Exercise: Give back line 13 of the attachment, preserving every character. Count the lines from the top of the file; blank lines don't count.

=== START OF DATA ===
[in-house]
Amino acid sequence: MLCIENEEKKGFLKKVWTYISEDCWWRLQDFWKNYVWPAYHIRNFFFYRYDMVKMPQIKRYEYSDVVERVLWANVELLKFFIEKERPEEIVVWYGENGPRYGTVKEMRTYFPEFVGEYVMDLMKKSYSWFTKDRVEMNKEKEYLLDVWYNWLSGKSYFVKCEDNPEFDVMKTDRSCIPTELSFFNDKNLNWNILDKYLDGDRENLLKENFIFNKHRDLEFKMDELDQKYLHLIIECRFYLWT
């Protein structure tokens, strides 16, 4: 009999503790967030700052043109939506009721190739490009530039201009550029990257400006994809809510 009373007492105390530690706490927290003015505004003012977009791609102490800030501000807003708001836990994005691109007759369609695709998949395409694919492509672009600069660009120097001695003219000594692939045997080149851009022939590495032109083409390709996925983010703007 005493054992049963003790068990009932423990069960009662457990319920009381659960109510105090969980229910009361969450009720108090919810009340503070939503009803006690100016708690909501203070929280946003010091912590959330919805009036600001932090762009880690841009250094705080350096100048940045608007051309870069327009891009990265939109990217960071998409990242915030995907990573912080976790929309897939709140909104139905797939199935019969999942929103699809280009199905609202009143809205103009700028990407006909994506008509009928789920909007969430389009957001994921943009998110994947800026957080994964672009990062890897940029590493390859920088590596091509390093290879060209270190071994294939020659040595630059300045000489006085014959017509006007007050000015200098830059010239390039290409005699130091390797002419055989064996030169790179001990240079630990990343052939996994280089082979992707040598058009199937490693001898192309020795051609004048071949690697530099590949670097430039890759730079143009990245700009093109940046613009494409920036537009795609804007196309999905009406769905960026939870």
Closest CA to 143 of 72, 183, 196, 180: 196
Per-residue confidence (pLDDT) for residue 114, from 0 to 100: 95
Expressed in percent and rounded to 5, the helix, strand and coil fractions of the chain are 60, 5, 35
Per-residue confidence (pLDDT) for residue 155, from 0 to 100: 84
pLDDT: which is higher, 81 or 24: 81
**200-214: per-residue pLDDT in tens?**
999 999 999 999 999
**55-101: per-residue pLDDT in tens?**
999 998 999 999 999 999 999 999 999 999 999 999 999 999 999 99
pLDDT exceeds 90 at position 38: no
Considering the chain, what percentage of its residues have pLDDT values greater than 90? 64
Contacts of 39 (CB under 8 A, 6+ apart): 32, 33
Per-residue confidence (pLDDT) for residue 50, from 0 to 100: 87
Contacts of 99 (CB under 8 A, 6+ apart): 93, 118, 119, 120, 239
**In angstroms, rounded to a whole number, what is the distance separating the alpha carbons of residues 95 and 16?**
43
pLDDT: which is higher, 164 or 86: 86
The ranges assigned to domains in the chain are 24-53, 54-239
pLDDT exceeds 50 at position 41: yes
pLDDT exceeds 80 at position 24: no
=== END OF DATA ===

pLDDT exceeds 90 at position 38: no